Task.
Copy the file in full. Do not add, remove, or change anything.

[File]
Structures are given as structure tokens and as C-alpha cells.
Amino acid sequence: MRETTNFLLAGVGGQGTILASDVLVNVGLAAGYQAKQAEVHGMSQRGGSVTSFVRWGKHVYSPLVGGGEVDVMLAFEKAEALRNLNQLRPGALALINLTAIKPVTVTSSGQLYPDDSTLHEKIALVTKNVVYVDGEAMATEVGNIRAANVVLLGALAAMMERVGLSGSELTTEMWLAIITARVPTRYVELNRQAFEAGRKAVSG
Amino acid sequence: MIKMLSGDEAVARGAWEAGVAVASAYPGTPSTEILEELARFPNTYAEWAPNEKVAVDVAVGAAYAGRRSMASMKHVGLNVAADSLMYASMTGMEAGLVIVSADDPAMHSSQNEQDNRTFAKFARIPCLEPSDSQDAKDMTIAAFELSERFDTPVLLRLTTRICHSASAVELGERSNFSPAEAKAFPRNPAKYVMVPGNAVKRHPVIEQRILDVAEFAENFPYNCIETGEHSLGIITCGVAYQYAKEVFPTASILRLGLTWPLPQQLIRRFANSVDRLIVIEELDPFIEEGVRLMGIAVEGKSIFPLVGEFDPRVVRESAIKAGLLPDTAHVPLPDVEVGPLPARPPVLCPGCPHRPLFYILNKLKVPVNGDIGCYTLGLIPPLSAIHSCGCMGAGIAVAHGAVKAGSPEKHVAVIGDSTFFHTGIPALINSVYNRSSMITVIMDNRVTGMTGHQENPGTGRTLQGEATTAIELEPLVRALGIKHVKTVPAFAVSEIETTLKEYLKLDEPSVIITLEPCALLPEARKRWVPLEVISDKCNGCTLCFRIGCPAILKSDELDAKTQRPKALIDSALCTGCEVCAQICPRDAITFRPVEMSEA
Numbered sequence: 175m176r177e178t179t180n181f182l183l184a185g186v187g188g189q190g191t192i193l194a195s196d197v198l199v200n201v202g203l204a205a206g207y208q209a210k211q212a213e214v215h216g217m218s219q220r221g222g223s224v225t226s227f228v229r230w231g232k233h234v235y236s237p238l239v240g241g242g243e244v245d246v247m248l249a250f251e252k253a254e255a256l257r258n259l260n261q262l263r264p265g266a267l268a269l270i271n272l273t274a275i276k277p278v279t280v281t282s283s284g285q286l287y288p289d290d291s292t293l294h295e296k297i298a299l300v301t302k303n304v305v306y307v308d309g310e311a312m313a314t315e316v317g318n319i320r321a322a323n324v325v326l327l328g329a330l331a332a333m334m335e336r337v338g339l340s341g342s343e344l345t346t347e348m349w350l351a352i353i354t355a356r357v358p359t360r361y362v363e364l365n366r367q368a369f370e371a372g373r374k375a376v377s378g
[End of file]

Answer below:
Structures are given as structure tokens and as C-alpha cells.
Amino acid sequence: MRETTNFLLAGVGGQGTILASDVLVNVGLAAGYQAKQAEVHGMSQRGGSVTSFVRWGKHVYSPLVGGGEVDVMLAFEKAEALRNLNQLRPGALALINLTAIKPVTVTSSGQLYPDDSTLHEKIALVTKNVVYVDGEAMATEVGNIRAANVVLLGALAAMMERVGLSGSELTTEMWLAIITARVPTRYVELNRQAFEAGRKAVSG
Amino acid sequence: MIKMLSGDEAVARGAWEAGVAVASAYPGTPSTEILEELARFPNTYAEWAPNEKVAVDVAVGAAYAGRRSMASMKHVGLNVAADSLMYASMTGMEAGLVIVSADDPAMHSSQNEQDNRTFAKFARIPCLEPSDSQDAKDMTIAAFELSERFDTPVLLRLTTRICHSASAVELGERSNFSPAEAKAFPRNPAKYVMVPGNAVKRHPVIEQRILDVAEFAENFPYNCIETGEHSLGIITCGVAYQYAKEVFPTASILRLGLTWPLPQQLIRRFANSVDRLIVIEELDPFIEEGVRLMGIAVEGKSIFPLVGEFDPRVVRESAIKAGLLPDTAHVPLPDVEVGPLPARPPVLCPGCPHRPLFYILNKLKVPVNGDIGCYTLGLIPPLSAIHSCGCMGAGIAVAHGAVKAGSPEKHVAVIGDSTFFHTGIPALINSVYNRSSMITVIMDNRVTGMTGHQENPGTGRTLQGEATTAIELEPLVRALGIKHVKTVPAFAVSEIETTLKEYLKLDEPSVIITLEPCALLPEARKRWVPLEVISDKCNGCTLCFRIGCPAILKSDELDAKTQRPKALIDSALCTGCEVCAQICPRDAITFRPVEMSEA
Numbered sequence: 175m176r177e178t179t180n181f182l183l184a185g186v187g188g189q190g191t192i193l194a195s196d197v198l199v200n201v202g203l204a205a206g207y208q209a210k211q212a213e214v215h216g217m218s219q220r221g222g223s224v225t226s227f228v229r230w231g232k233h234v235y236s237p238l239v240g241g242g243e244v245d246v247m248l249a250f251e252k253a254e255a256l257r258n259l260n261q262l263r264p265g266a267l268a269l270i271n272l273t274a275i276k277p278v279t280v281t282s283s284g285q286l287y288p289d290d291s292t293l294h295e296k297i298a299l300v301t302k303n304v305v306y307v308d309g310e311a312m313a314t315e316v317g318n319i320r321a322a323n324v325v326l327l328g329a330l331a332a333m334m335e336r337v338g339l340s341g342s343e344l345t346t347e348m349w350l351a352i353i354t355a356r357v358p359t360r361y362v363e364l365n366r367q368a369f370e371a372g373r374k375a376v377s378g